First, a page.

In some states, the apiaries producing nucleus colonies (as well as queens for sale – with or without a package) will be inspected by the state apiary inspectors for indications of disease and other problems.
Buying a nuc that is produced locally has many benefits to you as the beekeeper compared to the nucs and packages that are produced elsewhere and shipped in, but that is a topic for other discussions.
So in review, we find that a five frame nucleus colony should have:
- Five frames of drawn comb
- Enough adult bees to cover those five frames adequately
- A queen that is perhaps marked
- Three or more frames of brood of various ages from eggs to emerging adults from that queen
- One or more frames of food which may contain capped as well as open cells of honey/nectar/sugar syrup and pollen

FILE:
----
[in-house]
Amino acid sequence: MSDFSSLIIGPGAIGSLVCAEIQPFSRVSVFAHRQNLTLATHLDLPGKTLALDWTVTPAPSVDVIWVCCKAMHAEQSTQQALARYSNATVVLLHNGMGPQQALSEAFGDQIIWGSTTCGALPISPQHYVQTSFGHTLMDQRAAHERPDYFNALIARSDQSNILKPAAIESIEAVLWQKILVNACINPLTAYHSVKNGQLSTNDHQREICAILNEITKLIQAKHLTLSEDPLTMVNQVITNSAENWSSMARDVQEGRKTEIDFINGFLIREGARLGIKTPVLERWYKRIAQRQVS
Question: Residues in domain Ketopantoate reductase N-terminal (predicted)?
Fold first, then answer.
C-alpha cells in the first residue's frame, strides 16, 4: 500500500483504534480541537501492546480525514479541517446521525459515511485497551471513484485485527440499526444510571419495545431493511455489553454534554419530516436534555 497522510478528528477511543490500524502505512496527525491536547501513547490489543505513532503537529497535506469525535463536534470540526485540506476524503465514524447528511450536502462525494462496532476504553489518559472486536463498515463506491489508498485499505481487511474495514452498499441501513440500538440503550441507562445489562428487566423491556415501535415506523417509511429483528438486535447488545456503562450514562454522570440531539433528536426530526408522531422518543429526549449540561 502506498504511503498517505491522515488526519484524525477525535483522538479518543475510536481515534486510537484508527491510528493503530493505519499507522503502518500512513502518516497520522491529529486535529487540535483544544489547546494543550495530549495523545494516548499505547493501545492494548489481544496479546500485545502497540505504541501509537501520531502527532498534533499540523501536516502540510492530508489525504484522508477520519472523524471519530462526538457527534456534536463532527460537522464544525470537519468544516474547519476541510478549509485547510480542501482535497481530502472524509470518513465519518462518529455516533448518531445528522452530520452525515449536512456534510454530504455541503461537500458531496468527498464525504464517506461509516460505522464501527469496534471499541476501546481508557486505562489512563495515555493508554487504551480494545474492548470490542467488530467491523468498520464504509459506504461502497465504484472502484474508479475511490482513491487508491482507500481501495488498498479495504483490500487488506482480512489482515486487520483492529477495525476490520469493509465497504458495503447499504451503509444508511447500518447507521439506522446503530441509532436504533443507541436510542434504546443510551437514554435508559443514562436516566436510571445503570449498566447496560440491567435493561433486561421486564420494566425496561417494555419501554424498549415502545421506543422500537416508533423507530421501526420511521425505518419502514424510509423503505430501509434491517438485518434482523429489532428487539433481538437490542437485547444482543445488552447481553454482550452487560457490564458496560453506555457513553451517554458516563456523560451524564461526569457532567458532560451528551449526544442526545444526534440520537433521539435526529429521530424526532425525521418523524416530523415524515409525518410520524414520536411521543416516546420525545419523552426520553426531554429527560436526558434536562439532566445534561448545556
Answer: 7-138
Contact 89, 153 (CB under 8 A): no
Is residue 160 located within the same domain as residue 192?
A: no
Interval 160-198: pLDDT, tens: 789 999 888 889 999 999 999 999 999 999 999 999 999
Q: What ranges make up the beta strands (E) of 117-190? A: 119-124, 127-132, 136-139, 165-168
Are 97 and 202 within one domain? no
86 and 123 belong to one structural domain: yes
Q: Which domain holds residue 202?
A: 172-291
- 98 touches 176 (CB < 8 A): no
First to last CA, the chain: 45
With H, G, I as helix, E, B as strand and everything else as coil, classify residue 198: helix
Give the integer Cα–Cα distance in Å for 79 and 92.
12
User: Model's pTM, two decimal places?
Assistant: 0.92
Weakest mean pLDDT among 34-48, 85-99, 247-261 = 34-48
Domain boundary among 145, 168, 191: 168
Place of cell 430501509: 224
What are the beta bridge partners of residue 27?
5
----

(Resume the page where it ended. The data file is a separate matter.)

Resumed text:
- No indication of disease
Remember, a three pound package has approximately 9,000 bees and a queen in a cage that must be introduced. A five frame nuc contains approximately the same number of bees and the additional resources of having the valuable five frames of drawn comb as well as the food and pollen that is stored there. A nuc has an established working relationship between the queen and the workers which reduces the likelihood of supercedure. A nuc also contains the coming next generation of workers which can put it weeks ahead of a package in terms of growth. And the brood pattern that is in the nuc can offer clues to the health of the queen and the colony.